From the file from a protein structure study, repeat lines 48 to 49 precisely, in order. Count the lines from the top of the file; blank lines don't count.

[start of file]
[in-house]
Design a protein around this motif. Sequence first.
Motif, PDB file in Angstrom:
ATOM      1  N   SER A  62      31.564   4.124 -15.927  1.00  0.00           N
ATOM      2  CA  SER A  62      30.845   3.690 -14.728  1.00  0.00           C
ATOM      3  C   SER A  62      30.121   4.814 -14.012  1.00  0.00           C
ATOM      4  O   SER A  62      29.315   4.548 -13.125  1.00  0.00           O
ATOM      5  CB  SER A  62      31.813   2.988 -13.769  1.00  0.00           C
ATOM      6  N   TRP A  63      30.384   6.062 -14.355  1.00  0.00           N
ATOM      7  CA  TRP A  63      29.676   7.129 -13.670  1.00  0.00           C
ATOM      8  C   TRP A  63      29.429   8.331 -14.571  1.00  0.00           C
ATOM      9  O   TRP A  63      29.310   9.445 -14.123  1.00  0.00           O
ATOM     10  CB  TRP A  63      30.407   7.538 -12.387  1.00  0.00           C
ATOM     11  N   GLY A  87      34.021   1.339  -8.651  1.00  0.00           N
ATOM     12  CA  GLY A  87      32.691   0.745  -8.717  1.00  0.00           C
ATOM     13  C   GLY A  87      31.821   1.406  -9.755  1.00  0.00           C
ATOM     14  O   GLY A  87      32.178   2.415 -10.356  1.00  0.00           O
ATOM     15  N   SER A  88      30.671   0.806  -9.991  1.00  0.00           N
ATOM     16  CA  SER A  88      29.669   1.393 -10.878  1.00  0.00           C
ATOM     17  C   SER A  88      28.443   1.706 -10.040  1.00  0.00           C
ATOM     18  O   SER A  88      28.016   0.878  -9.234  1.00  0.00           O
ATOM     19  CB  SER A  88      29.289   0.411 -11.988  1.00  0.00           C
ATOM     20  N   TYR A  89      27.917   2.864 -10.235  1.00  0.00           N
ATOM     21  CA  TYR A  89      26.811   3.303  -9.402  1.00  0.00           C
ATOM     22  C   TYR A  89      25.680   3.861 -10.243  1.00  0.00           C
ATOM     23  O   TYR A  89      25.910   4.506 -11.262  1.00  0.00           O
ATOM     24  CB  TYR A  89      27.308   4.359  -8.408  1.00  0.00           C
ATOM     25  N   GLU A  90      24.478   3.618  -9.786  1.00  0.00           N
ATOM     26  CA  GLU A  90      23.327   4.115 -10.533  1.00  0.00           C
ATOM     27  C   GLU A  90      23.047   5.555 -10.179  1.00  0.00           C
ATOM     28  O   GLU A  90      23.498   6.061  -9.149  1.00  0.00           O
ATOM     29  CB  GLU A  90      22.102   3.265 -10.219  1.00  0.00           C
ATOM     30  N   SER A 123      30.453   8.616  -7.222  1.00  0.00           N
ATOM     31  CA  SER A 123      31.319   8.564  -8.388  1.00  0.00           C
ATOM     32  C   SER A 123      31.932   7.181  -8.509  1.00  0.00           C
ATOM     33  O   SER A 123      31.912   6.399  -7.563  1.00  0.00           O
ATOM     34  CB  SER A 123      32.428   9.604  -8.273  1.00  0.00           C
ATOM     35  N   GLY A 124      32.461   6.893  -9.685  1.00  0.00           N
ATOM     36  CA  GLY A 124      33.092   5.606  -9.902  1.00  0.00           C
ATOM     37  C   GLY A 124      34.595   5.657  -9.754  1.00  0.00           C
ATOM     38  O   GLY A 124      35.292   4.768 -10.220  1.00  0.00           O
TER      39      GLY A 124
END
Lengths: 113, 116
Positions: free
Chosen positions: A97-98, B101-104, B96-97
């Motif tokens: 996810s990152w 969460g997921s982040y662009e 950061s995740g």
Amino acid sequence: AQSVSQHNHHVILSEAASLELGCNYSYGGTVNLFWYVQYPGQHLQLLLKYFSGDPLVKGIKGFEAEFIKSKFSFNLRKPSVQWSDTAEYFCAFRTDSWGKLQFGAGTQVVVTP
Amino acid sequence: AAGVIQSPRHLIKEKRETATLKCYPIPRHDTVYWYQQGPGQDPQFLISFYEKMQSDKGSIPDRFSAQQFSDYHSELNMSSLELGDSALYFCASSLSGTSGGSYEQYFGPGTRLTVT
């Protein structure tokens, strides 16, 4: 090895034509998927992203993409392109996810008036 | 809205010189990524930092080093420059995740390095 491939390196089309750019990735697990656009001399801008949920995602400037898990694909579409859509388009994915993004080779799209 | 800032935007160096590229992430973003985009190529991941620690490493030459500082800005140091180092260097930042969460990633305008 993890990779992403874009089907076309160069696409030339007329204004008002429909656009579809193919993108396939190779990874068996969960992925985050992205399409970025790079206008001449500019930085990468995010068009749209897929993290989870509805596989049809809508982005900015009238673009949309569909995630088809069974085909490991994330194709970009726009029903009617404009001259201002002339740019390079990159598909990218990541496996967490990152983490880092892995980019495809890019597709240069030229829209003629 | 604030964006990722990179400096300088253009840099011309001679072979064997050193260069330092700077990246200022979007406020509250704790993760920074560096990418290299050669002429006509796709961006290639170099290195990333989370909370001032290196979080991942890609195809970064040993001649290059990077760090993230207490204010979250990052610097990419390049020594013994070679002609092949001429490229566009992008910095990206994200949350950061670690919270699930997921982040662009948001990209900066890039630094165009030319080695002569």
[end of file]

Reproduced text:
Amino acid sequence: AQSVSQHNHHVILSEAASLELGCNYSYGGTVNLFWYVQYPGQHLQLLLKYFSGDPLVKGIKGFEAEFIKSKFSFNLRKPSVQWSDTAEYFCAFRTDSWGKLQFGAGTQVVVTP
Amino acid sequence: AAGVIQSPRHLIKEKRETATLKCYPIPRHDTVYWYQQGPGQDPQFLISFYEKMQSDKGSIPDRFSAQQFSDYHSELNMSSLELGDSALYFCASSLSGTSGGSYEQYFGPGTRLTVT